Don’t depend on anyone to make you happy. Make yourself happy. Better yet, make someone else happy!
    Go find the neighbor’s dog and let him lick your face. ( yeah, I know, ‘ick’, but funny and the dog will be soooo happy.
    Contact your local Agency on Aging to get respite help. Call the Alzheimer 24/7 help line. Keep searching.
    My heart aches for you. My heart aches for me…, but what hardship are we willing to trade with someone else?
    God is always with you. Seek Him first in everything you think and do. Ask for His help. Together, you are stronger.
    Know that the rest of us are on your team, since we share a common bond.
    Hugs to you from me. ❤️

  • Gary

    Wow, all of these writings are so helpful in not feeling alone. My wife was diagnosed 6 years ago with Mile Cognitive Impairment and has just recently been diagnosed for Posterior Cortical Atrophy. Basically, it’s Alzheimer’s evil twin. During the pass year, there has been a noticeable decline. She now needs help getting dressed and showering. Ok, that’s not too bad but I know what’s coming. I’ve read enough on the progression. I know that 5 years from now, my life is going to be completely different. We’ve been married over 40 years and I still love my wife but I also see how she is changing in her personality. To be honest, I’m scared. This is not how our retirement was to be. We have lost friends and family who feel uncomfortable spending time with us or my wife. I need a break sometimes. Our girls help out as much as they can but I sometimes feel like a prisoner in my own home. I’m only 62 years old and should still be enjoying life but this is the promise I made in the presence of God (in sickness and health). Our girls tell me to find new friends. Not so easy when I can’t leave her alone. And if its another couple, also not so easy to find a couple who is understanding to my wife’s condition. Ok, enough for now. Felt good to just say how lonely and isolated it can be to be a caregiver.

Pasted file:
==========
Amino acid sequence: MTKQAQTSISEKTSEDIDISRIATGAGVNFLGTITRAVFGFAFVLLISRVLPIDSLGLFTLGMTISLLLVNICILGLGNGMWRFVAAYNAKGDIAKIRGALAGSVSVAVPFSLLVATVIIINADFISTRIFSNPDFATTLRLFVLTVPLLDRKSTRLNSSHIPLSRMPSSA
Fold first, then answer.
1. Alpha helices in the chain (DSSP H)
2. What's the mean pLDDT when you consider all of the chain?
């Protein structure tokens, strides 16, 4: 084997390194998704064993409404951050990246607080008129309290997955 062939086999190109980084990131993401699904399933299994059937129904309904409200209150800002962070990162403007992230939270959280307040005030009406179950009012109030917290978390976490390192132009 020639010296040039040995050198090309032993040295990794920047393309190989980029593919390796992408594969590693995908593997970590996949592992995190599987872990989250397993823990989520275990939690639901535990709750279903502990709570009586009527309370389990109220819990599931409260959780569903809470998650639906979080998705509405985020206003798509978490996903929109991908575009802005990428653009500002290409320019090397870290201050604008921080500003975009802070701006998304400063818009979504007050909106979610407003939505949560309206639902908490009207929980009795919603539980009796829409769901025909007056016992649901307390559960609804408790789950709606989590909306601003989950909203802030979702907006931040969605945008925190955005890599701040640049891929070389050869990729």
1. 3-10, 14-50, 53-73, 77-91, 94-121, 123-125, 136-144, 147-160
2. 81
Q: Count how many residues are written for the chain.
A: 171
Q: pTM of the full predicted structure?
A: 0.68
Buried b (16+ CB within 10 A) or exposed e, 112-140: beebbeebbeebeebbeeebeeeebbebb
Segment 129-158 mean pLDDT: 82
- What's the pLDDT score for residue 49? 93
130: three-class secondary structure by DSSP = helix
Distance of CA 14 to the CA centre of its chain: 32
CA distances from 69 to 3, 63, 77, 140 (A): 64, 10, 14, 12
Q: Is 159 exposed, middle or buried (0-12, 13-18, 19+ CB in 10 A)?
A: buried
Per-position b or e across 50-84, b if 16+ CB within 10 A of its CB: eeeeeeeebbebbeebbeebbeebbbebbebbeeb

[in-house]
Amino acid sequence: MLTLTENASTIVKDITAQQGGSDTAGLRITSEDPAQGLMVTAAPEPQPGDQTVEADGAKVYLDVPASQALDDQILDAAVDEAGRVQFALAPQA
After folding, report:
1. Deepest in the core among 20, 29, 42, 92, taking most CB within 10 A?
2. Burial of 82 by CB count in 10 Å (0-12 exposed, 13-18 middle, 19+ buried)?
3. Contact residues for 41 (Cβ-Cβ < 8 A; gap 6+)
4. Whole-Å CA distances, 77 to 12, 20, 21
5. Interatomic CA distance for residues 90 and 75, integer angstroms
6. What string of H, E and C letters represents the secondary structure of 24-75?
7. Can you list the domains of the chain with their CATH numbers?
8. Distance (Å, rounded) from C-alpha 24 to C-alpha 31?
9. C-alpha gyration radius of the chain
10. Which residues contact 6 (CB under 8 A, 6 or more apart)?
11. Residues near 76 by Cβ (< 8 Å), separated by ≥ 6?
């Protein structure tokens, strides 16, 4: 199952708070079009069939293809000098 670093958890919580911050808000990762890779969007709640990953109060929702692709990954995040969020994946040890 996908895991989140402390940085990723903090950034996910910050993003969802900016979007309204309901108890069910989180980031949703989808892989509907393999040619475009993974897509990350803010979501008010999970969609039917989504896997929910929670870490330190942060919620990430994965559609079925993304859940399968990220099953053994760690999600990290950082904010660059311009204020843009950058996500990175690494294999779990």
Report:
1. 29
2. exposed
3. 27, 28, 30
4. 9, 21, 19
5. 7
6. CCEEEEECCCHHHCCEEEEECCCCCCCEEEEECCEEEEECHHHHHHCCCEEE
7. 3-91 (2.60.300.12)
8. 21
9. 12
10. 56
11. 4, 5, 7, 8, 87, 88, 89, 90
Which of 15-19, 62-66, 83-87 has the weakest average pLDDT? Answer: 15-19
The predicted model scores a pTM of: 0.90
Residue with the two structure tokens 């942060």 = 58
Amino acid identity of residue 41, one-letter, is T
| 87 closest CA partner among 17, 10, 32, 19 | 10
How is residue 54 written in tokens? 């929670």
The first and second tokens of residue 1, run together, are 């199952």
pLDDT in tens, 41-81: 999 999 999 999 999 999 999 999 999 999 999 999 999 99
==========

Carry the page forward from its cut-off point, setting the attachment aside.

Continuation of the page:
• Carol